This handy serving cart didn't fit into to my client's new decor,
so she asked me to paint it for her.
Knowing her style, I suggested a shabby effect with a faux zinc top.
Here's how I did it.
First I did some on-line research and looked for examples of authentic zinc patina.
I prefer to paint what I see, rather than follow a prescribed "recipe".
This photo became my inspiration.
The darker portion of the photo is oxidized zinc.
The lighter side is zinc metal without any oxidation or patina.
Then, I added three different colors of grey and applied them in order of dark to light:
1. medium grey - Black + White
2. Martha Stewart Metallic Paint - Thundercloud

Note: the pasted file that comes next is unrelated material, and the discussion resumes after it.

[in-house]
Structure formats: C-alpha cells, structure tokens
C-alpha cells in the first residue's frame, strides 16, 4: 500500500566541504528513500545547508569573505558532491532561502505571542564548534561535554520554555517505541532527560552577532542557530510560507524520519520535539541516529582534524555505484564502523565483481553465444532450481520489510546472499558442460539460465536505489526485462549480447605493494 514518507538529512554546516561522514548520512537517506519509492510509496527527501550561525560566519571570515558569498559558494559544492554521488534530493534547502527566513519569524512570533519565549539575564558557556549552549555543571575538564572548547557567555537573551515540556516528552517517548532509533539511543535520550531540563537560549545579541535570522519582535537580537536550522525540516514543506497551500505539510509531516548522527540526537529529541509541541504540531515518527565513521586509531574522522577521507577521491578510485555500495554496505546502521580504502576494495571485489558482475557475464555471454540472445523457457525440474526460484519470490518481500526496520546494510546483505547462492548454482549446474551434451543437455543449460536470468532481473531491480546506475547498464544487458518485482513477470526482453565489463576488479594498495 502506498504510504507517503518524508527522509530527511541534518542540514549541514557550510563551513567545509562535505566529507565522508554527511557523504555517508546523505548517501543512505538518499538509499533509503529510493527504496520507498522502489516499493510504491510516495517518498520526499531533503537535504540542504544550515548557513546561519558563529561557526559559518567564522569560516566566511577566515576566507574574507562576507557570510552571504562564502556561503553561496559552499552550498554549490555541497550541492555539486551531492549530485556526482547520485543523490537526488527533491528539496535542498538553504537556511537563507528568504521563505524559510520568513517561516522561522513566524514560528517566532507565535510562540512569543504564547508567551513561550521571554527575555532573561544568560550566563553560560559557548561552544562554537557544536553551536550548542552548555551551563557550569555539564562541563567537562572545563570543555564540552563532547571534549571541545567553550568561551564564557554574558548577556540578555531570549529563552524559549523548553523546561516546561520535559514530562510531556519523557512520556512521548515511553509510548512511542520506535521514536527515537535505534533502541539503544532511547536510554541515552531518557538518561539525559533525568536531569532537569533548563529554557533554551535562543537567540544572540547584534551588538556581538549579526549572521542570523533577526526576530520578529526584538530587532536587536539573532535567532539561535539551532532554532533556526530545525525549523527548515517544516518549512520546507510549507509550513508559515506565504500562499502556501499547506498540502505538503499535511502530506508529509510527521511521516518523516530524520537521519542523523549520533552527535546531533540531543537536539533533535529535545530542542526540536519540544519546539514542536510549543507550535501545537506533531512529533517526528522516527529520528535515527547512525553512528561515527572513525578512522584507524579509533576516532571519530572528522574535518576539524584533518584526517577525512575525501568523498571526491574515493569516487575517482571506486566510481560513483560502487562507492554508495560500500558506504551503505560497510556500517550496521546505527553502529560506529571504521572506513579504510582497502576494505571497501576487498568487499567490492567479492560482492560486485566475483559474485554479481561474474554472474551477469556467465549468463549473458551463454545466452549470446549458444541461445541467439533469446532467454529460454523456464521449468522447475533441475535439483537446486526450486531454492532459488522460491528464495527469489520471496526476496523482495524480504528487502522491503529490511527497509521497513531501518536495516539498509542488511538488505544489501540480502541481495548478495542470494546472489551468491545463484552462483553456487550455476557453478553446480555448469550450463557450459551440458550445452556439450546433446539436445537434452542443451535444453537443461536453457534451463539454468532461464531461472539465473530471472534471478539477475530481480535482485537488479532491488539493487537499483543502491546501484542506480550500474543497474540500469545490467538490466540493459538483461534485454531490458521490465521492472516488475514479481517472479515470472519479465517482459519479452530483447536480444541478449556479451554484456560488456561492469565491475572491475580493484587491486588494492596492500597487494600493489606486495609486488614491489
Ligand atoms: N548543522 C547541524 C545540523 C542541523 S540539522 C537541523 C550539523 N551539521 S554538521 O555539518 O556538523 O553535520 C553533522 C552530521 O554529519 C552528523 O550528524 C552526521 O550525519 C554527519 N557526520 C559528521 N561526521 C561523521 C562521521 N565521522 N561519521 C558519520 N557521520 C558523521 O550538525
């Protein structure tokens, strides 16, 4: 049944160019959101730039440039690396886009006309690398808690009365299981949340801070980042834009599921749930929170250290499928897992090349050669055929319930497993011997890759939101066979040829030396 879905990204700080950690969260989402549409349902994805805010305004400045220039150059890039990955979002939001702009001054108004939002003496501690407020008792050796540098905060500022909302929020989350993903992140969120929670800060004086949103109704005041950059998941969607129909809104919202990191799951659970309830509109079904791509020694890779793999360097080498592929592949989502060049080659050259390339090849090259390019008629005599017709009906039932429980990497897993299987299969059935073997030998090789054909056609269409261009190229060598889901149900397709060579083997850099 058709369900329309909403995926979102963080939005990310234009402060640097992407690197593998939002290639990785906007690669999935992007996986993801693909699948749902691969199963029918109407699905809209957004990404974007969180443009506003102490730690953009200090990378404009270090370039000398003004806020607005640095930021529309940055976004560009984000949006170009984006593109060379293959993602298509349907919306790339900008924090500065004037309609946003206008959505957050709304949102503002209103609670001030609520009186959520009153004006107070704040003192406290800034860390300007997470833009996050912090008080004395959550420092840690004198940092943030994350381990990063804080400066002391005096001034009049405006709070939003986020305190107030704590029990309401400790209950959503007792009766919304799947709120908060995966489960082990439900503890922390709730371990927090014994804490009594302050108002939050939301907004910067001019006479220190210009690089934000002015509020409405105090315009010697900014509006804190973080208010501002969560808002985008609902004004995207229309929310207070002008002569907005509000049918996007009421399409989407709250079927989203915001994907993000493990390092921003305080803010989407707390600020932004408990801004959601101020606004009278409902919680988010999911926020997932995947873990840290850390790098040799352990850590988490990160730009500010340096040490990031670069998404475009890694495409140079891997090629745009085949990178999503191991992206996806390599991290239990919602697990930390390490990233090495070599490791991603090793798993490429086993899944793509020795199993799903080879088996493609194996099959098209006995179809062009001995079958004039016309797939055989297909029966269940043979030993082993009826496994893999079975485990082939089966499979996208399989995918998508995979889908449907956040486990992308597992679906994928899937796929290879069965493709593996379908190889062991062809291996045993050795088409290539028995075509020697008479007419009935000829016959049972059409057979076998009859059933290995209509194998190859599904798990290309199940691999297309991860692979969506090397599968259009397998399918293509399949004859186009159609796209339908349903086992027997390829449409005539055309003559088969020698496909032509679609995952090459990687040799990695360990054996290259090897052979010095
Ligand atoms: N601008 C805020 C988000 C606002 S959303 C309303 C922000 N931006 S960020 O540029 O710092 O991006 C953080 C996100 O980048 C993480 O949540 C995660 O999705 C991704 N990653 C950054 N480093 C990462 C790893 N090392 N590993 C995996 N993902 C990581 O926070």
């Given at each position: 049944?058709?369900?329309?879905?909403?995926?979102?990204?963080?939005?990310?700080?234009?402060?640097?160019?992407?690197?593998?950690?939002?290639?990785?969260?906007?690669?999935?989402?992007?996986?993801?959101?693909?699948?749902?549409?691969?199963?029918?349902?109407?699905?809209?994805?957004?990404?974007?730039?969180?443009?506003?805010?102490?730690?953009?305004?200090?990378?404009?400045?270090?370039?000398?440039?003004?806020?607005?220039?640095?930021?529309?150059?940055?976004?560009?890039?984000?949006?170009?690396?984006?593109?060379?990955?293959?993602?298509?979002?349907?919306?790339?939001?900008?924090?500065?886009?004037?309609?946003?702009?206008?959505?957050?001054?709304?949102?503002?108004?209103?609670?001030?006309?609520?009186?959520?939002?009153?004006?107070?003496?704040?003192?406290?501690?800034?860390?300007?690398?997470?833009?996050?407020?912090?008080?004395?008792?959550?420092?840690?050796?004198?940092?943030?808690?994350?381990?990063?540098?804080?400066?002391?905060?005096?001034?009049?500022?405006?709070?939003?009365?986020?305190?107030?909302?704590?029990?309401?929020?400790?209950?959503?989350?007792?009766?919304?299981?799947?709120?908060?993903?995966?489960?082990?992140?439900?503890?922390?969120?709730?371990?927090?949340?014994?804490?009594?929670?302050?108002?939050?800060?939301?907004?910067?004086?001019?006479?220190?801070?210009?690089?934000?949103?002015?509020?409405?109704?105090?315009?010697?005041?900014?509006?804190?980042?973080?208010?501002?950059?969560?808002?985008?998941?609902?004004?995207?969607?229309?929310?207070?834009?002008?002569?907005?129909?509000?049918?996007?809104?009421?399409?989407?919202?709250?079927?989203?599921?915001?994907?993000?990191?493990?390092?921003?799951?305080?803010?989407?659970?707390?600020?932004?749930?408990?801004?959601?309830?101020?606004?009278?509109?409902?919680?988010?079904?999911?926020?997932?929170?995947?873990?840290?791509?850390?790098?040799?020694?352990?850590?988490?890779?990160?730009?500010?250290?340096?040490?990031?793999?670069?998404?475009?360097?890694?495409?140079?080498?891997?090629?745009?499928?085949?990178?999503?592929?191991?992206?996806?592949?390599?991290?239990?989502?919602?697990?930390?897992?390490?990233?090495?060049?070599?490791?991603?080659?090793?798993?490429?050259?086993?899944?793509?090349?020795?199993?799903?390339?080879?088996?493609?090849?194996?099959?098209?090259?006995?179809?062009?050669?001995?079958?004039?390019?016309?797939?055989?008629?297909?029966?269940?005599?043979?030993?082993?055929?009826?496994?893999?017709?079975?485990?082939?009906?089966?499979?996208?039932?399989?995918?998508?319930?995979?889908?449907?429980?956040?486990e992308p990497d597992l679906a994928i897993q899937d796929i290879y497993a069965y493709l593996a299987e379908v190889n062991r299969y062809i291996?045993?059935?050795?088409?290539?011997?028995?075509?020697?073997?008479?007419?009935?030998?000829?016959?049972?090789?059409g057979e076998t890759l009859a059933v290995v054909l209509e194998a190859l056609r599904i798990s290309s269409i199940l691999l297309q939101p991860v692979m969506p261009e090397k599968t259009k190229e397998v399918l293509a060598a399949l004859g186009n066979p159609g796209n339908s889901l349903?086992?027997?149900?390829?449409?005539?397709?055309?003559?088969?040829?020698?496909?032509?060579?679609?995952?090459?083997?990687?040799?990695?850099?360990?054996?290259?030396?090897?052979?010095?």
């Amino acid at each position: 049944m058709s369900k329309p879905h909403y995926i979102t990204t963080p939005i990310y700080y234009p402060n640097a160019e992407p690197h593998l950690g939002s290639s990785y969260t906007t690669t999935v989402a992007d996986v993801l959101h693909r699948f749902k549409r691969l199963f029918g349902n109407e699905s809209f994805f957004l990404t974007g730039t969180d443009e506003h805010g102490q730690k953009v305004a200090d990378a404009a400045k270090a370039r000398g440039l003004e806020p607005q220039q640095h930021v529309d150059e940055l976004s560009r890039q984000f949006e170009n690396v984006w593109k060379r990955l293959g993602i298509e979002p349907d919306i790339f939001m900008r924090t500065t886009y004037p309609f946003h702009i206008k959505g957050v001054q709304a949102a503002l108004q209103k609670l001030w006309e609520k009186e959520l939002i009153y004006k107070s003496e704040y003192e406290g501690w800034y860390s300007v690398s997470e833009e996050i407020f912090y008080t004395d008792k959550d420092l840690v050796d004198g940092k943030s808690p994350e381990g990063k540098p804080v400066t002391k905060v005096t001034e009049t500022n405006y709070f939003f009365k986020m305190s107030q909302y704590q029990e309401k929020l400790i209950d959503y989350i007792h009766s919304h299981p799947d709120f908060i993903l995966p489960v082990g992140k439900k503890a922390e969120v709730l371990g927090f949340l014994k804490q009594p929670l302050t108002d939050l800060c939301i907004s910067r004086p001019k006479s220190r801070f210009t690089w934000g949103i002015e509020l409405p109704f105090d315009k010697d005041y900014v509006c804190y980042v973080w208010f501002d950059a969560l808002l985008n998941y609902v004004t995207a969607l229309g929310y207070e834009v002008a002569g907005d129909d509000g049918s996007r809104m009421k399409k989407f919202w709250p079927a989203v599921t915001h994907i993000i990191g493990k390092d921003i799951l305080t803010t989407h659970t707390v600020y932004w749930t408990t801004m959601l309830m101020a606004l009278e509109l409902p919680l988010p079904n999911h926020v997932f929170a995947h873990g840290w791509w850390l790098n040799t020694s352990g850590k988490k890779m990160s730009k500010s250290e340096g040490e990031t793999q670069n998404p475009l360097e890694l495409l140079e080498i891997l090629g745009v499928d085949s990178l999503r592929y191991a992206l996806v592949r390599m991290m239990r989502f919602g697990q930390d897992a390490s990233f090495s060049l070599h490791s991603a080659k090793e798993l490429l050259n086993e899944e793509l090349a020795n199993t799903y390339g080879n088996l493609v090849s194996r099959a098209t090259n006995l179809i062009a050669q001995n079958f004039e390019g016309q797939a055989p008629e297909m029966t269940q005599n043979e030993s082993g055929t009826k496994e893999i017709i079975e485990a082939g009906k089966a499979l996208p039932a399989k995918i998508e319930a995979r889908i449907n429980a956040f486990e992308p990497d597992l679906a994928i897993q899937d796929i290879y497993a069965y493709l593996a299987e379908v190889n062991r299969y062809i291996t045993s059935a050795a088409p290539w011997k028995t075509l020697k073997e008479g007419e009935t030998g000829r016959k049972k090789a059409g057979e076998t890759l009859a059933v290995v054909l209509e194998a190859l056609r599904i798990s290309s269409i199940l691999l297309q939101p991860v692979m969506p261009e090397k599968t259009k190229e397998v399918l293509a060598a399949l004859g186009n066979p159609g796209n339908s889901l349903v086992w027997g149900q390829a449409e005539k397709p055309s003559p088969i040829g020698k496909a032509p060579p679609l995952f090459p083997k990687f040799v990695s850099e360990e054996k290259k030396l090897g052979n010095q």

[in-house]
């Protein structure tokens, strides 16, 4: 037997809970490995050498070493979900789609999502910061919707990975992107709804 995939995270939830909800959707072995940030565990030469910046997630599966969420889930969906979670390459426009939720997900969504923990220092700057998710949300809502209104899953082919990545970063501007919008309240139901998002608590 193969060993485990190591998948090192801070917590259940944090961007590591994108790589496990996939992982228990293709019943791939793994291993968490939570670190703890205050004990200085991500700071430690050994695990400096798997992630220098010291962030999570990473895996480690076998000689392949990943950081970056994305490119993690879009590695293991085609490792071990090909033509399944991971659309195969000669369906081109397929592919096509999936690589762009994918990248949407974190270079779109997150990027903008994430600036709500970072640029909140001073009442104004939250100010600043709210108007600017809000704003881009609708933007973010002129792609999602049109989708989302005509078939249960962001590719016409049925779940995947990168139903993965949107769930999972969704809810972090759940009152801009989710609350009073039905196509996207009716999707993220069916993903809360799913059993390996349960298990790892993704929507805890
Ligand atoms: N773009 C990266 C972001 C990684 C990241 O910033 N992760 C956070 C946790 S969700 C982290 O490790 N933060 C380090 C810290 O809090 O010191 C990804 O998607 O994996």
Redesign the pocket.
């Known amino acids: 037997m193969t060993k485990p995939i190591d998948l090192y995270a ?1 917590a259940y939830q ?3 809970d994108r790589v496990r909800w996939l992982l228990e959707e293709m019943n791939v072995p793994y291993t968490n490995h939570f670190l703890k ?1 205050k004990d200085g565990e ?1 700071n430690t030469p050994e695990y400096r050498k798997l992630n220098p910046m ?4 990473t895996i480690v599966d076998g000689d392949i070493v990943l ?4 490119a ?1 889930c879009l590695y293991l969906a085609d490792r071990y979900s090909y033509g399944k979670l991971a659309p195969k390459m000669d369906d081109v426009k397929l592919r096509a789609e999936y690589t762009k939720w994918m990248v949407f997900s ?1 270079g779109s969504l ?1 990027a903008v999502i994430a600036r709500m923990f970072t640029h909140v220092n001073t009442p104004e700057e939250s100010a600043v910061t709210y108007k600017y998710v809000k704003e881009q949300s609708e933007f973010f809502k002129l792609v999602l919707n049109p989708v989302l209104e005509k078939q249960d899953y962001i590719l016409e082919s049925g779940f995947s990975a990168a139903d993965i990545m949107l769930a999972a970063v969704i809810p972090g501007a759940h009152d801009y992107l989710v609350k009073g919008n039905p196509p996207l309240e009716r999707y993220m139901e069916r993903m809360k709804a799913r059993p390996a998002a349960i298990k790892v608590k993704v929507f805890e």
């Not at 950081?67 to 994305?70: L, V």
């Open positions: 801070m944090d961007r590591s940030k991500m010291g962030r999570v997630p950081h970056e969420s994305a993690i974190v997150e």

3. light grey - Black + White + White
Zinc is a very reactive metal.
Exposed to air, it begins to oxidize, turning dark.
Food placed on it surface will cause it to turn brownish,
and zinc develops a powdery white color (white rust) in reaction to moisture.
Zinc is a popular material for kitchen and bath countertops,
but be aware that it will oxidize.
To further achieve that effect,
I added both brown stains and white blooms to the table top,
while allowing some of the black to show through.
Here's a photo of authentic zinc followed by my painted version.
The rest of the cart was painted a "shabby white" effect.
It first was painted black, then white, and sanded back to reveal the black undercoat.
The final touch was to dry-brush more black on top.